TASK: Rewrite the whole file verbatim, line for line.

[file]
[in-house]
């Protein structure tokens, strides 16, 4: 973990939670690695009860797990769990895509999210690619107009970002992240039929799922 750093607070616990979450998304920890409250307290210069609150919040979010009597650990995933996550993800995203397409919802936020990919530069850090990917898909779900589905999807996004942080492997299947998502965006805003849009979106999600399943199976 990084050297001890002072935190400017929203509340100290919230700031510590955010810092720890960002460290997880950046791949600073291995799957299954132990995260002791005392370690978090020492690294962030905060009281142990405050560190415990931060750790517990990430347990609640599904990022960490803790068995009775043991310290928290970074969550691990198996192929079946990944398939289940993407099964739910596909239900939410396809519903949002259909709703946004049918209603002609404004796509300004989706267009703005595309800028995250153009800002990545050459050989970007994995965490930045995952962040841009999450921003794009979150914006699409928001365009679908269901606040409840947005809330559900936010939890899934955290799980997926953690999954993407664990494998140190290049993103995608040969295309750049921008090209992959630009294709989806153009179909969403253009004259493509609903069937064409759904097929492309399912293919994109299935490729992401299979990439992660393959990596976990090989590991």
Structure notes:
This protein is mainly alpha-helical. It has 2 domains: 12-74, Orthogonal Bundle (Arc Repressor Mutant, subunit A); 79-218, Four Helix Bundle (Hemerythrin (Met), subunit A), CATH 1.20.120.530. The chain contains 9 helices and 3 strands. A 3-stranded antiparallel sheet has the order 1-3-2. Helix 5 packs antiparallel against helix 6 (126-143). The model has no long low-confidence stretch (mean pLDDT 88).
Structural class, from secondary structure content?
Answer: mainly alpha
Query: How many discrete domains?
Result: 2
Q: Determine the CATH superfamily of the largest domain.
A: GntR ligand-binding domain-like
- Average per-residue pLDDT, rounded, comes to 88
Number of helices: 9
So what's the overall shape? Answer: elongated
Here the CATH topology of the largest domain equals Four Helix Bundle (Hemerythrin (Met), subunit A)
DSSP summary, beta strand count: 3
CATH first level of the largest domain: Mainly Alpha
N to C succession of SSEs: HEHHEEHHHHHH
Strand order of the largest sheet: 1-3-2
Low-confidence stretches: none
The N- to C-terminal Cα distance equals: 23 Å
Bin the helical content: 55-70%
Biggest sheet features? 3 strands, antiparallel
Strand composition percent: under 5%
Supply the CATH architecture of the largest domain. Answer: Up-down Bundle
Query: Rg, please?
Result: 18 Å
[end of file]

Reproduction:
[in-house]
């Protein structure tokens, strides 16, 4: 973990939670690695009860797990769990895509999210690619107009970002992240039929799922 750093607070616990979450998304920890409250307290210069609150919040979010009597650990995933996550993800995203397409919802936020990919530069850090990917898909779900589905999807996004942080492997299947998502965006805003849009979106999600399943199976 990084050297001890002072935190400017929203509340100290919230700031510590955010810092720890960002460290997880950046791949600073291995799957299954132990995260002791005392370690978090020492690294962030905060009281142990405050560190415990931060750790517990990430347990609640599904990022960490803790068995009775043991310290928290970074969550691990198996192929079946990944398939289940993407099964739910596909239900939410396809519903949002259909709703946004049918209603002609404004796509300004989706267009703005595309800028995250153009800002990545050459050989970007994995965490930045995952962040841009999450921003794009979150914006699409928001365009679908269901606040409840947005809330559900936010939890899934955290799980997926953690999954993407664990494998140190290049993103995608040969295309750049921008090209992959630009294709989806153009179909969403253009004259493509609903069937064409759904097929492309399912293919994109299935490729992401299979990439992660393959990596976990090989590991």
Structure notes:
This protein is mainly alpha-helical. It has 2 domains: 12-74, Orthogonal Bundle (Arc Repressor Mutant, subunit A); 79-218, Four Helix Bundle (Hemerythrin (Met), subunit A), CATH 1.20.120.530. The chain contains 9 helices and 3 strands. A 3-stranded antiparallel sheet has the order 1-3-2. Helix 5 packs antiparallel against helix 6 (126-143). The model has no long low-confidence stretch (mean pLDDT 88).
Structural class, from secondary structure content?
Answer: mainly alpha
Query: How many discrete domains?
Result: 2
Q: Determine the CATH superfamily of the largest domain.
A: GntR ligand-binding domain-like
- Average per-residue pLDDT, rounded, comes to 88
Number of helices: 9
So what's the overall shape? Answer: elongated
Here the CATH topology of the largest domain equals Four Helix Bundle (Hemerythrin (Met), subunit A)
DSSP summary, beta strand count: 3
CATH first level of the largest domain: Mainly Alpha
N to C succession of SSEs: HEHHEEHHHHHH
Strand order of the largest sheet: 1-3-2
Low-confidence stretches: none
The N- to C-terminal Cα distance equals: 23 Å
Bin the helical content: 55-70%
Biggest sheet features? 3 strands, antiparallel
Strand composition percent: under 5%
Supply the CATH architecture of the largest domain. Answer: Up-down Bundle
Query: Rg, please?
Result: 18 Å